You can model a leaky capacitor as a good capacitor C with an internal resistance Rp in parallel with it. The goal is here is to measure Rp. The smaller Rp, the bigger the leakage current, and the faster the capacitor discharges itself. If Rp is very large, ideally infinite, then basically the capacitor does not leak.

A capacitor blocks DC, but a resistor does not. So a way to measure the size of Rp is to put this capacitor-to-be-tested in series with a voltage source and a small current sensing resistor Ra. Then wait enough time for the capacitor part C, to charge. If a current still flows (i.e. there is a nonzero voltage across Ra) after sufficient time has passed to completely charge C, then that current is the current flowing flowing through Rp.

A diagram of this setup is shown in the attached picture. As an example, I'm using a capacitor with a nominal value of 100 uF, and a 1K resistor for Ra, my current sensing resistor.

After 5*Ra*C seconds have passed, the capacitor should be 99% charged (since 1-exp(-5) = 0.99326 ). For Ra=1K and C = 100 uF, 5 time constants is 5*Ra*C = 5*(10^3ohm)*(10^-4F)= 2.5 seconds. After this amount of time has passed, if there is still a voltage across across Ra, and that voltage is steady, not falling to (1/e) its previous value every time constant, then that's the current flowing through Ra, and Rp.

And I can calculate Rp, from Ohm's law: V = I*(Rp +Ra) ==> Rp = (V/I) - Ra

Charge it to a known voltage, and observe the decay with time. Voltage = C/Q dq/dt = current, so dV/dt is proportional to leakage current.

You could charge the cap from a constant current source, timing how long it takes to charge to your known voltage. Make the source current >>> leakage current.

Now you know the capacitance, since you know the charge time. With that you can characterise the discharge properly.

active| newest | oldestThe smaller Rp, the bigger the leakage current, and the faster the capacitor discharges itself.If Rp is very large, ideally infinite, then basically the capacitor does not leak.A capacitor blocks DC, but a resistor does not. So a way to measure the size of Rp is to put this capacitor-to-be-tested in series with a voltage source and a small current sensing resistor Ra. Then wait enough time for the capacitor part C, to charge. If a current still flows (i.e. there is a nonzero voltage across Ra) after sufficient time has passed to completely charge C, then that current is the current flowing flowing through Rp.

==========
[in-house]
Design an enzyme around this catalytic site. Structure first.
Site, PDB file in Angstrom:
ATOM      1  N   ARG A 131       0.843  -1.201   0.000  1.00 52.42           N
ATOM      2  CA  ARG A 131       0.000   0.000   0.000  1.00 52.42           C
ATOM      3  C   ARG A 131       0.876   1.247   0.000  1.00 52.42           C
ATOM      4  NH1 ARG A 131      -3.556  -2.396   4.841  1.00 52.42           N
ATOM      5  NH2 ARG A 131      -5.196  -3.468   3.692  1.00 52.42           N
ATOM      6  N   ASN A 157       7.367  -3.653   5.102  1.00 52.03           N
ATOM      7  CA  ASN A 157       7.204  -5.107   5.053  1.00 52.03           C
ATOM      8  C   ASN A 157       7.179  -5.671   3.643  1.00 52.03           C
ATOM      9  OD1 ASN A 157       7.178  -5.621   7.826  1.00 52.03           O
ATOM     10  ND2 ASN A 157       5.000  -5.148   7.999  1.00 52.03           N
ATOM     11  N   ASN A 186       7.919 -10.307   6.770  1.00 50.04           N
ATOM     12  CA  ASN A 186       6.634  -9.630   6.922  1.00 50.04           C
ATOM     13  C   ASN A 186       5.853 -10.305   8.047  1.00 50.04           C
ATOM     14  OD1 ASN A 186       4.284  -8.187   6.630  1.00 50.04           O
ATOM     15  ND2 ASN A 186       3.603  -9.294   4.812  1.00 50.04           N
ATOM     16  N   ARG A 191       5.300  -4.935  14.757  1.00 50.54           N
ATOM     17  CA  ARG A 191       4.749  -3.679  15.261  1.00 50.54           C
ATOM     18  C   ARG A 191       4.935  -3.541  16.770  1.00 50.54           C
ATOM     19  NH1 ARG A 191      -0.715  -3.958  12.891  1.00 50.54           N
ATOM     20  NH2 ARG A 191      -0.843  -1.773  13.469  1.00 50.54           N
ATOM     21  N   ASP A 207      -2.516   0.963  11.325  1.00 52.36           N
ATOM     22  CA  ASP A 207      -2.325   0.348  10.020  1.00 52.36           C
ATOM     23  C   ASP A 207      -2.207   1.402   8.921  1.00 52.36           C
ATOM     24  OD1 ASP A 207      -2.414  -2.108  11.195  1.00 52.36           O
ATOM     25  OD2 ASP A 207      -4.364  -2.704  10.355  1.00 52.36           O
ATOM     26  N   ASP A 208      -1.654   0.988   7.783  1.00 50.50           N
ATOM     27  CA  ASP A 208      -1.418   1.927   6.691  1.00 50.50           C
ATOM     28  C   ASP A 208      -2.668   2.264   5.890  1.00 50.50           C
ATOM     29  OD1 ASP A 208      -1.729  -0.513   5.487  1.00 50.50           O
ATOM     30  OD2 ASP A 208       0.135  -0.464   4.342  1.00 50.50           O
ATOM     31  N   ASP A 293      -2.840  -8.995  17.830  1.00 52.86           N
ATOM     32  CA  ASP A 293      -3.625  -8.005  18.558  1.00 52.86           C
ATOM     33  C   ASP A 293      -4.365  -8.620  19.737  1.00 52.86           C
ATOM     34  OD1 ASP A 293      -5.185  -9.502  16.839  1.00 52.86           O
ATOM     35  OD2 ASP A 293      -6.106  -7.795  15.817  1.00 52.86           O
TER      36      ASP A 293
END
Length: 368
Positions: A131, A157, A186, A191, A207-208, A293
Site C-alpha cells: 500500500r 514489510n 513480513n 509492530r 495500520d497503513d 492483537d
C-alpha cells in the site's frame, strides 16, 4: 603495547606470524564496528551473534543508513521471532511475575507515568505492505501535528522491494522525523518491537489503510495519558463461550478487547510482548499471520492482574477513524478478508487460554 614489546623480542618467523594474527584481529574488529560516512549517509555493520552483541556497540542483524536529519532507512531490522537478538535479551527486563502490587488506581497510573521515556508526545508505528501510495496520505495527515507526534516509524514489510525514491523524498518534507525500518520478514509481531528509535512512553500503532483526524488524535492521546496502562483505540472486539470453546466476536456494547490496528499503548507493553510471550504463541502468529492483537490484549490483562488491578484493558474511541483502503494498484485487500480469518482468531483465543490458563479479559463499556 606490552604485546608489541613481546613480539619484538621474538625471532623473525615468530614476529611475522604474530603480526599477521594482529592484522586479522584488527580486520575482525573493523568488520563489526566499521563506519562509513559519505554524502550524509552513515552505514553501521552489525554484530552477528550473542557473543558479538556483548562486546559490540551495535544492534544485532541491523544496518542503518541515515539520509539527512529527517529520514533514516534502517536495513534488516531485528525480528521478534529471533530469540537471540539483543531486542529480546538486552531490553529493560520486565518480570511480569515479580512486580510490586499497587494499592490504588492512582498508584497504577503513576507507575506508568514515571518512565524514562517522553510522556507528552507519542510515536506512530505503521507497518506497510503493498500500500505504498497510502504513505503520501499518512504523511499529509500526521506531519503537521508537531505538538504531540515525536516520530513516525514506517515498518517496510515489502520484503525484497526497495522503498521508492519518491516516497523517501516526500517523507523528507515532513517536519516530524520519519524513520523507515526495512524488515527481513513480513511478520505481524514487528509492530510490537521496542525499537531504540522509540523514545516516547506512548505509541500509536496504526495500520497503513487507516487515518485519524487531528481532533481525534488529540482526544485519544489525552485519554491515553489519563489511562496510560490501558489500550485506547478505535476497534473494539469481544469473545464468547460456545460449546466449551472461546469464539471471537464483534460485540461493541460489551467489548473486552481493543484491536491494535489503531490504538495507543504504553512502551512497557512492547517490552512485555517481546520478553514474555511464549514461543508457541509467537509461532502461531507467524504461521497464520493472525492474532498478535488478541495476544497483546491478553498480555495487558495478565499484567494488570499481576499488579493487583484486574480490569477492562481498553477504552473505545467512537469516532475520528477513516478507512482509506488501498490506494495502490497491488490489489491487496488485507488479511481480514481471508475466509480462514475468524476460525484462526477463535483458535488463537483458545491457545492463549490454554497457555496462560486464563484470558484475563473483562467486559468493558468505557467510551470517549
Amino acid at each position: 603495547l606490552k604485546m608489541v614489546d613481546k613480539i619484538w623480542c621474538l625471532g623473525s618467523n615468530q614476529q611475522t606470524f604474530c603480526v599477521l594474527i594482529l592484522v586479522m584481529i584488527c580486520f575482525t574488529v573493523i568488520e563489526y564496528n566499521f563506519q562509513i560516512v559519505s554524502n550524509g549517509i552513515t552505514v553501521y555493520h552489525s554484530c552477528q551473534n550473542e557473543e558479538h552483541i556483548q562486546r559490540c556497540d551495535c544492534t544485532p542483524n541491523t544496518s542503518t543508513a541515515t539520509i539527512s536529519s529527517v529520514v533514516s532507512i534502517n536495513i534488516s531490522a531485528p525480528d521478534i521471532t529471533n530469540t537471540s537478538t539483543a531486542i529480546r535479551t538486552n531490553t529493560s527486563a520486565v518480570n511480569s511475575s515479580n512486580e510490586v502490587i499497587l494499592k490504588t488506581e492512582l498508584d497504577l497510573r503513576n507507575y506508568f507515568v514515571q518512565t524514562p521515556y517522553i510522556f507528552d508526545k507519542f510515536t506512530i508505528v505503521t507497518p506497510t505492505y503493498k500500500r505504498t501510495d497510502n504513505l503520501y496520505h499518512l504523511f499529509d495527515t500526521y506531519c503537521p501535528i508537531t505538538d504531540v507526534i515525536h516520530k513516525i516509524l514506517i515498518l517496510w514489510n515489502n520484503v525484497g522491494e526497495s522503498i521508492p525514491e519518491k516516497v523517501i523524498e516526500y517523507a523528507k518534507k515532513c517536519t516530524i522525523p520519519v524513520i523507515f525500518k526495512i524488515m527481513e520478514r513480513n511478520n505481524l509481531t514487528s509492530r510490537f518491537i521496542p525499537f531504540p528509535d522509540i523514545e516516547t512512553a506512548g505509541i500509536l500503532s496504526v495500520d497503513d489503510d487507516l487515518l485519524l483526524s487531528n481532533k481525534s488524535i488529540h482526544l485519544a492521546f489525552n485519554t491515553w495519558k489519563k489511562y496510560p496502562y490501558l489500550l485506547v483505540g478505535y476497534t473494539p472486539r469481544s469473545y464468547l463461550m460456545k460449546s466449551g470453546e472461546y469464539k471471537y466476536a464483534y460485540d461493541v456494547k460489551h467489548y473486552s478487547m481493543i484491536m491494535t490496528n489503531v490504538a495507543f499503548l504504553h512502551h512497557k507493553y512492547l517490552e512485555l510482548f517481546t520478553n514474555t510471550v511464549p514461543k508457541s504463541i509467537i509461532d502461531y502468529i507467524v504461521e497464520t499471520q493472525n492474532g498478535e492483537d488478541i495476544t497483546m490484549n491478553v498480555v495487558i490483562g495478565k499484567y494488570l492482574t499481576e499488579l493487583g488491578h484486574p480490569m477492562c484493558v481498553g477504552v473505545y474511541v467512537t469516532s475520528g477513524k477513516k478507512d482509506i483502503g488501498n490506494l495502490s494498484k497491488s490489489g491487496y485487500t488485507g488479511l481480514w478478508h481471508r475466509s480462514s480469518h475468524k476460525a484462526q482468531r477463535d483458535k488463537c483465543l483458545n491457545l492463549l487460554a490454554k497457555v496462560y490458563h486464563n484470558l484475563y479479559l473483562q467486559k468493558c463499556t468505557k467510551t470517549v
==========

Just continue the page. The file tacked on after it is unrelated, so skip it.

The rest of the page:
A diagram of this setup is shown in the attached picture. As an example, I'm using a capacitor with a nominal value of 100 uF, and a 1K resistor for Ra, my current sensing resistor.

After 5*Ra*C seconds have passed, the capacitor should be 99% charged (since 1-exp(-5) = 0.99326 ). For Ra=1K and C = 100 uF, 5 time constants is 5*Ra*C = 5*(10^3ohm)*(10^-4F)= 2.5 seconds. After this amount of time has passed, if there is still a voltage across across Ra, and that voltage is steady, not falling to (1/e) its previous value every time constant, then that's the current flowing through Ra, and Rp.

And I can calculate Rp, from Ohm's law: V = I*(Rp +Ra)

==> Rp = (V/I) - Ra

A picture of this setup is attached. Large version here:

https://www.instructables.com/file/F8YABNNGWT2MKAT/

Charge it to a known voltage, and observe the decay with time. Voltage = C/Q

dq/dt = current, so dV/dt is proportional to leakage current.

You could charge the cap from a constant current source, timing how long it takes to charge to your known voltage. Make the source current >>> leakage current.

Now you know the capacitance, since you know the charge time. With that you can characterise the discharge properly.

Steve